The first episode ends with Clooney firing his gun into a helicopter’s fuel tank, causing an explosion that his crew believe has killed him (spoiler: it hasn’t) and, weirdly, that kind of action didn’t convince ABC that this was a show with a future. Episode two aired as planned but there was a hole in the schedules come episode three, its slot filled by re-runs of a flopped Elvis biodrama. Six episodes were produced in all, with the remaining four aired as gap-fillers in the Summer of 1992, and the first two episodes were edited together and released as a VHS movie which you can see on YouTube. In German.

Next on The Telephemera Years: The shows that didn’t make it to air, including our first sight of Daredevil!

Check out our other Telephemera articles:

The Telephemera Years: 1966 (part 1, 2, 3, 4)

The Telephemera Years: 1968 (part 1, 2, 3, 4)

The Telephemera Years: 1969 (part 1, 2, 3, 4)

The Telephemera Years: 1971 (part 1, 2, 3, 4)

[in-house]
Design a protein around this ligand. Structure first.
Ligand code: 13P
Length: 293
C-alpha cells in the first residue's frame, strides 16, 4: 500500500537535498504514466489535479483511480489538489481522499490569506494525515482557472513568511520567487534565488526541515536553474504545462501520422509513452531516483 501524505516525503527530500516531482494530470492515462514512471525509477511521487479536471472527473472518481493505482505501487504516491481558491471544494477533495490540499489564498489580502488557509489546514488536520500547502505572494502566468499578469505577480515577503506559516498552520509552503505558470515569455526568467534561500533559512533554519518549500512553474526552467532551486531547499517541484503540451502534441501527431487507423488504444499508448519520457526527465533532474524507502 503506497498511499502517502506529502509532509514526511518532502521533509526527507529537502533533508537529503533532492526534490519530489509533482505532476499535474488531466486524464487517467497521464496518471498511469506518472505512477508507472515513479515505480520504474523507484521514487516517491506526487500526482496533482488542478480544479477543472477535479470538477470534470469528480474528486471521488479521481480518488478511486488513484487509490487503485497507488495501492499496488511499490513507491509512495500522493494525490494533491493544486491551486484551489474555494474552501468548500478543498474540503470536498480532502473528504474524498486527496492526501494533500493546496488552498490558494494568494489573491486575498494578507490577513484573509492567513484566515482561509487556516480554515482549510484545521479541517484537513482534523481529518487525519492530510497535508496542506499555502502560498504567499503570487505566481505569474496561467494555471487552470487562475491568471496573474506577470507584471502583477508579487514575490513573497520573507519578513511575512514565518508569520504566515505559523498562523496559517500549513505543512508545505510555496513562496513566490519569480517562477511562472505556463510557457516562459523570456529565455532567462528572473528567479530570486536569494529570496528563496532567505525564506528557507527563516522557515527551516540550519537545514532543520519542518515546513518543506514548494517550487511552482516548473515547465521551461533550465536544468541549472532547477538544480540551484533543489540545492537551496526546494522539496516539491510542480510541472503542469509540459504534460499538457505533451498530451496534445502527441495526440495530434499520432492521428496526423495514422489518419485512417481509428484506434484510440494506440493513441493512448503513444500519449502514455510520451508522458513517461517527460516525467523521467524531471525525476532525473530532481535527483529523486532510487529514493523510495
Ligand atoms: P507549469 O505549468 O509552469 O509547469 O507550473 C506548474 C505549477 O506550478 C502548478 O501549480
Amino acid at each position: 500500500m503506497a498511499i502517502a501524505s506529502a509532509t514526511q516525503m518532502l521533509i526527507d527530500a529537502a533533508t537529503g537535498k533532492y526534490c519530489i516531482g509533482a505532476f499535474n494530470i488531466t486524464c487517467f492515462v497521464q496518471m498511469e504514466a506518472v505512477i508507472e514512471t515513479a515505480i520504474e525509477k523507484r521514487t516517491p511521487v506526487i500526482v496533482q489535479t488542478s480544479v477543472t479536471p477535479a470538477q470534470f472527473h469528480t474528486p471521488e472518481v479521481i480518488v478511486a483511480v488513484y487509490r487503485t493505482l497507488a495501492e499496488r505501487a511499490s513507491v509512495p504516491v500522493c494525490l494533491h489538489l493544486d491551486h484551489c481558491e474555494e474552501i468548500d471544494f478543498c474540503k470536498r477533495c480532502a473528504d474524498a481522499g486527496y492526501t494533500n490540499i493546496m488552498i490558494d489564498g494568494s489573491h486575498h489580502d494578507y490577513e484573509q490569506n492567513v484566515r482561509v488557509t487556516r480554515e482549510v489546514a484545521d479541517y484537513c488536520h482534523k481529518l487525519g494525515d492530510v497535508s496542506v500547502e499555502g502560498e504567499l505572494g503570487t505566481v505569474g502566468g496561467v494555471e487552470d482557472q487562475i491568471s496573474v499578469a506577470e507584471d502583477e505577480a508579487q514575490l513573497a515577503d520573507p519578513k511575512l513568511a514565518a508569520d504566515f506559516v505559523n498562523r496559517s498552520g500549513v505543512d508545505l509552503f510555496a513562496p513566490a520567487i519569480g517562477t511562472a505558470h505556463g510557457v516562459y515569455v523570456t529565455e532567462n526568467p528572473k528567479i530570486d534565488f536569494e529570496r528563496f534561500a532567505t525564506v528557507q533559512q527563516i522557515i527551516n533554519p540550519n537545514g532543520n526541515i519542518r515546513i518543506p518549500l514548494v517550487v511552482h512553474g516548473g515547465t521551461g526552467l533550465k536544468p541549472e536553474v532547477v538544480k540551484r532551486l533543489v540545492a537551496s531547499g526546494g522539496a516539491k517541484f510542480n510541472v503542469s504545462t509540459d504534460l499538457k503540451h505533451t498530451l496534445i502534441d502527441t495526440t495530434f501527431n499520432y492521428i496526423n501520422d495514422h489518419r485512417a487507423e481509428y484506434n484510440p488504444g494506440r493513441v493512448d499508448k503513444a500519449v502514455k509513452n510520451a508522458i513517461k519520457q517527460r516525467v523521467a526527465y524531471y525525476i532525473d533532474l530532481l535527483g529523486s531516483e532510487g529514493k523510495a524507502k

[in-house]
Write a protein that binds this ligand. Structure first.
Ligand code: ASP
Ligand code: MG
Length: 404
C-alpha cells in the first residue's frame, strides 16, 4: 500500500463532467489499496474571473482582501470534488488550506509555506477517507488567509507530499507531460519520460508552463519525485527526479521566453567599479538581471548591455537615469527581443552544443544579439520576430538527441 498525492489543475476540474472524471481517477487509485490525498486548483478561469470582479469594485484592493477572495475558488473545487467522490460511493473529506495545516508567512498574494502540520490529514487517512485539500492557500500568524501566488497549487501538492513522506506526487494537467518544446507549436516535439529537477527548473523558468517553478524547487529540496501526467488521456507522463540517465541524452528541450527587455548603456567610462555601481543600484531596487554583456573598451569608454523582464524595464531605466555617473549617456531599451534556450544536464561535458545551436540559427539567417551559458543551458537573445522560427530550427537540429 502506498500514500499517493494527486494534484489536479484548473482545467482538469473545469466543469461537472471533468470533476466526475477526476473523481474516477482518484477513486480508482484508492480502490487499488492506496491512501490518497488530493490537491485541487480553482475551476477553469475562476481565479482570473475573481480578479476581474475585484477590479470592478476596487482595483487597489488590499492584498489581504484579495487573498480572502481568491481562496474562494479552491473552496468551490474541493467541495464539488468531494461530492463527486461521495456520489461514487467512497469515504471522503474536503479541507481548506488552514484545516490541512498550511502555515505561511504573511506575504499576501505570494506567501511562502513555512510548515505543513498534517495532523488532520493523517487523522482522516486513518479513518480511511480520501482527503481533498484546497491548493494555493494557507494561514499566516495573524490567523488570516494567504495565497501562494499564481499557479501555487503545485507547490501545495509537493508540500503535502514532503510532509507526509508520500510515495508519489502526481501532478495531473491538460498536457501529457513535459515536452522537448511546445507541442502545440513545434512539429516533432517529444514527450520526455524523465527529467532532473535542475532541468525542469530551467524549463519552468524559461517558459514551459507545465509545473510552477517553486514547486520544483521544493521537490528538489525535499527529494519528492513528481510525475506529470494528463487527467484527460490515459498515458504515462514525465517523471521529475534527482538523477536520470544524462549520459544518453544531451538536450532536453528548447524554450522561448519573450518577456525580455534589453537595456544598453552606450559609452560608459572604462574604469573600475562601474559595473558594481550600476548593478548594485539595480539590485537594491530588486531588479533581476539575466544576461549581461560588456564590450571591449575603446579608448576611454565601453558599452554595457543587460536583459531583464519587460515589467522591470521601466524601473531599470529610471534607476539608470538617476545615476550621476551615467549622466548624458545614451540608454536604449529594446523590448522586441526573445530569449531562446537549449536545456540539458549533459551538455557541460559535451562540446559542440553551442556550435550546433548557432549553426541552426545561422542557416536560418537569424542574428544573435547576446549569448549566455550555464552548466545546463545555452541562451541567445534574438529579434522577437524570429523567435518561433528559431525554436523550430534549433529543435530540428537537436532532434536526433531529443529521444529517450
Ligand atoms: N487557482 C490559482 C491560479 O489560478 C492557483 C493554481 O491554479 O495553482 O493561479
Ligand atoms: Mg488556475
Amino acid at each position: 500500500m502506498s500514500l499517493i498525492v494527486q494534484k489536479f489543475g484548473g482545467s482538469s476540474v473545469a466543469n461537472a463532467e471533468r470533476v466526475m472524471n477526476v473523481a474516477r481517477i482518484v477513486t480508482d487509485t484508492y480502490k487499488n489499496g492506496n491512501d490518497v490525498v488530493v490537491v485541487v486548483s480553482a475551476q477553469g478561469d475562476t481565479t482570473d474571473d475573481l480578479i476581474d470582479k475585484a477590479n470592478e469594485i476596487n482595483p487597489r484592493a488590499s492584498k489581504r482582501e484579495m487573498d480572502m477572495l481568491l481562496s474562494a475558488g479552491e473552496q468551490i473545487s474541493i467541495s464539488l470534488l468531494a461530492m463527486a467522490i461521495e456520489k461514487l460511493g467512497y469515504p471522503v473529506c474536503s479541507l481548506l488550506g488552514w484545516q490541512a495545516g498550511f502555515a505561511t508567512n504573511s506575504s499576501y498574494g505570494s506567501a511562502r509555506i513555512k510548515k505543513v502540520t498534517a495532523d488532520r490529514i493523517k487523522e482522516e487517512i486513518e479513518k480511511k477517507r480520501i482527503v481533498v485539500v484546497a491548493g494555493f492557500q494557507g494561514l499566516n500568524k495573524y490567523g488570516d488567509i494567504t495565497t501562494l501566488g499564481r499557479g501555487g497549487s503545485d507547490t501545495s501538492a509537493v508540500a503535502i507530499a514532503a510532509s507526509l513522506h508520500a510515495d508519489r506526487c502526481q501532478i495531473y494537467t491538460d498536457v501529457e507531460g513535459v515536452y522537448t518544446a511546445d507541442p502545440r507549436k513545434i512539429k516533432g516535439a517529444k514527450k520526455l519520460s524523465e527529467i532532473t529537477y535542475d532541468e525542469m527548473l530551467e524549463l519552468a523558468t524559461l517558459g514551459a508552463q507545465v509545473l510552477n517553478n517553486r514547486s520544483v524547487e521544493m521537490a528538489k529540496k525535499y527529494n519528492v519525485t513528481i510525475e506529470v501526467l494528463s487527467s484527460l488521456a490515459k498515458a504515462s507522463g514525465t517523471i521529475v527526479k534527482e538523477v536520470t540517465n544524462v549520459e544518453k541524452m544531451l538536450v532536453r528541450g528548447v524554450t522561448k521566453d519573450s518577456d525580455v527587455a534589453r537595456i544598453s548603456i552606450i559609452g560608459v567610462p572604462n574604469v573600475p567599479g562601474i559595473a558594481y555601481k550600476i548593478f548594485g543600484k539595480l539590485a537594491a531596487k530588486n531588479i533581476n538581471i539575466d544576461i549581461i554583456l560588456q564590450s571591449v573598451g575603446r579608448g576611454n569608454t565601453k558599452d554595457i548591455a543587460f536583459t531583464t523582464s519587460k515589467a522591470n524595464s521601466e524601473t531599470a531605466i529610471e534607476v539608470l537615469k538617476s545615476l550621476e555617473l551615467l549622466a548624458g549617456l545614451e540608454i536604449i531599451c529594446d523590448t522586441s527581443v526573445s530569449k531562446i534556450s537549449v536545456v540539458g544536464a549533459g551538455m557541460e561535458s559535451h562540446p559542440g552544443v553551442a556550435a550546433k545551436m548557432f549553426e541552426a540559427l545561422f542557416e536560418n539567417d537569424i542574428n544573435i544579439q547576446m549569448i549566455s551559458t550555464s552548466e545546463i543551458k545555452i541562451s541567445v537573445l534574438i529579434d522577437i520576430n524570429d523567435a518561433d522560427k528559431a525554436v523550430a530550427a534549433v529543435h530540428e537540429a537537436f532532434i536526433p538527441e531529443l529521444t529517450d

The Telephemera Years: 1973 (part 1, 2, 3, 4)

The Telephemera Years: 1975 (part 1, 2, 3, 4)

The Telephemera Years: 1977 (part 1, 2, 3, 4)

The Telephemera Years: 1980 (part 12, 3, 4)

The Telephemera Years: 1982 (part 1, 2, 3, 4)

The Telephemera Years: 1984 (part 1, 2, 3, 4)

The Telephemera Years: 1986 (part 1, 2, 3, 4)

The Telephemera Years: 1987 (part 1, 2, 3, 4)

The Telephemera Years: 1989 (part 1)

The Telephemera Years: 1990 (part 1, 2, 3, 4)

The Telephemera Years: 1992 (part 1, 2, 3, 4)

The Telephemera Years: 1995 (part 12, 3, 4)

The Telephemera Years: 1997 (part 1, 2, 3, 4)

The Telephemera Years: 2000 (part 1, 2, 3, 4)

The Telephemera Years: 2003 (part 1, 2, 3, 4)

The Telephemera Years: 2005 (part 1, 2, 3, 4)

The Telephemera Years: 2008 (part 1, 23, 4)

Titans of Telephemera: Irwin Allen

Titans of Telephemera: Stephen J Cannell (part 1, 2, 3, 4)

Titans of Telephemera: DIC (part 1, 2)

Titans of Telephemera: Hanna-Barbera (part 1, 2, 3, 4, 5)

Titans of Telephemera: Kenneth Johnson

Titans of Telephemera: Sid & Marty Krofft

Titans of Telephemera: Glen A Larson (part 1, 2, 3, 4)

Titans of Telephemera: Quinn Martin (part 1, 2)

Titans of Telephemera: Ruby-Spears